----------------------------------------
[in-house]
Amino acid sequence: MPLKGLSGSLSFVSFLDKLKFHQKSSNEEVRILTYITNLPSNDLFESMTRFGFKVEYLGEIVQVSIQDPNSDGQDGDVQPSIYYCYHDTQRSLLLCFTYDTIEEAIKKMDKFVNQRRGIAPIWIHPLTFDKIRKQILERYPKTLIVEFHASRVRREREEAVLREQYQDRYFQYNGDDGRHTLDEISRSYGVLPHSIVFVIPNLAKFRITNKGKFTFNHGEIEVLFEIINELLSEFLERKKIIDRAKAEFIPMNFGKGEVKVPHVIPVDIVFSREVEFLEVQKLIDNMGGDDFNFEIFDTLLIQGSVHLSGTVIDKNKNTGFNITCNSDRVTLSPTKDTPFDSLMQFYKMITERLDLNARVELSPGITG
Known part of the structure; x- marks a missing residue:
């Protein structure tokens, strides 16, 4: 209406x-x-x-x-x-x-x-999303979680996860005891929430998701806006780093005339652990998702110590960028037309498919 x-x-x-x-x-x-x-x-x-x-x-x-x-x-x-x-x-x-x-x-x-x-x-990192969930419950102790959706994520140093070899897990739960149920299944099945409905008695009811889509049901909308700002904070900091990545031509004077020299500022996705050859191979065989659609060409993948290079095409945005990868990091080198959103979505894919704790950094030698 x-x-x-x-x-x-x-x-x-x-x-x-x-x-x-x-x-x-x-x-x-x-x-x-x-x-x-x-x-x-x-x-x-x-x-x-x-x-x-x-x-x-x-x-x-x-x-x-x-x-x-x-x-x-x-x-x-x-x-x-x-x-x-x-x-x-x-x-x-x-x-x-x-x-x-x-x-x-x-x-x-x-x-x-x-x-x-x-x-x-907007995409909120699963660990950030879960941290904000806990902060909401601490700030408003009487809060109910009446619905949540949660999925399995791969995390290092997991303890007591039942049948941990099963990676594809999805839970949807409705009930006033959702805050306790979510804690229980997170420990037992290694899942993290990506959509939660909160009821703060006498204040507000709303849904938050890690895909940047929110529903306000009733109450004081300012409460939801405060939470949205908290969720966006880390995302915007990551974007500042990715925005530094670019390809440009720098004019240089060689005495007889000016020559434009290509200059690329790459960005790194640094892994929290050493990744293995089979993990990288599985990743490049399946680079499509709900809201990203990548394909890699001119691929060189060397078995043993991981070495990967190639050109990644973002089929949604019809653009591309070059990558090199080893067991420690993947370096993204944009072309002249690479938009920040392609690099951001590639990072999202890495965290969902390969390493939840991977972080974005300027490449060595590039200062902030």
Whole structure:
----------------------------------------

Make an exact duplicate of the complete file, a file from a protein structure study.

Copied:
[in-house]
Amino acid sequence: MPLKGLSGSLSFVSFLDKLKFHQKSSNEEVRILTYITNLPSNDLFESMTRFGFKVEYLGEIVQVSIQDPNSDGQDGDVQPSIYYCYHDTQRSLLLCFTYDTIEEAIKKMDKFVNQRRGIAPIWIHPLTFDKIRKQILERYPKTLIVEFHASRVRREREEAVLREQYQDRYFQYNGDDGRHTLDEISRSYGVLPHSIVFVIPNLAKFRITNKGKFTFNHGEIEVLFEIINELLSEFLERKKIIDRAKAEFIPMNFGKGEVKVPHVIPVDIVFSREVEFLEVQKLIDNMGGDDFNFEIFDTLLIQGSVHLSGTVIDKNKNTGFNITCNSDRVTLSPTKDTPFDSLMQFYKMITERLDLNARVELSPGITG
Known part of the structure; x- marks a missing residue:
């Protein structure tokens, strides 16, 4: 209406x-x-x-x-x-x-x-999303979680996860005891929430998701806006780093005339652990998702110590960028037309498919 x-x-x-x-x-x-x-x-x-x-x-x-x-x-x-x-x-x-x-x-x-x-x-990192969930419950102790959706994520140093070899897990739960149920299944099945409905008695009811889509049901909308700002904070900091990545031509004077020299500022996705050859191979065989659609060409993948290079095409945005990868990091080198959103979505894919704790950094030698 x-x-x-x-x-x-x-x-x-x-x-x-x-x-x-x-x-x-x-x-x-x-x-x-x-x-x-x-x-x-x-x-x-x-x-x-x-x-x-x-x-x-x-x-x-x-x-x-x-x-x-x-x-x-x-x-x-x-x-x-x-x-x-x-x-x-x-x-x-x-x-x-x-x-x-x-x-x-x-x-x-x-x-x-x-x-x-x-x-x-907007995409909120699963660990950030879960941290904000806990902060909401601490700030408003009487809060109910009446619905949540949660999925399995791969995390290092997991303890007591039942049948941990099963990676594809999805839970949807409705009930006033959702805050306790979510804690229980997170420990037992290694899942993290990506959509939660909160009821703060006498204040507000709303849904938050890690895909940047929110529903306000009733109450004081300012409460939801405060939470949205908290969720966006880390995302915007990551974007500042990715925005530094670019390809440009720098004019240089060689005495007889000016020559434009290509200059690329790459960005790194640094892994929290050493990744293995089979993990990288599985990743490049399946680079499509709900809201990203990548394909890699001119691929060189060397078995043993991981070495990967190639050109990644973002089929949604019809653009591309070059990558090199080893067991420690993947370096993204944009072309002249690479938009920040392609690099951001590639990072999202890495965290969902390969390493939840991977972080974005300027490449060595590039200062902030």
Whole structure: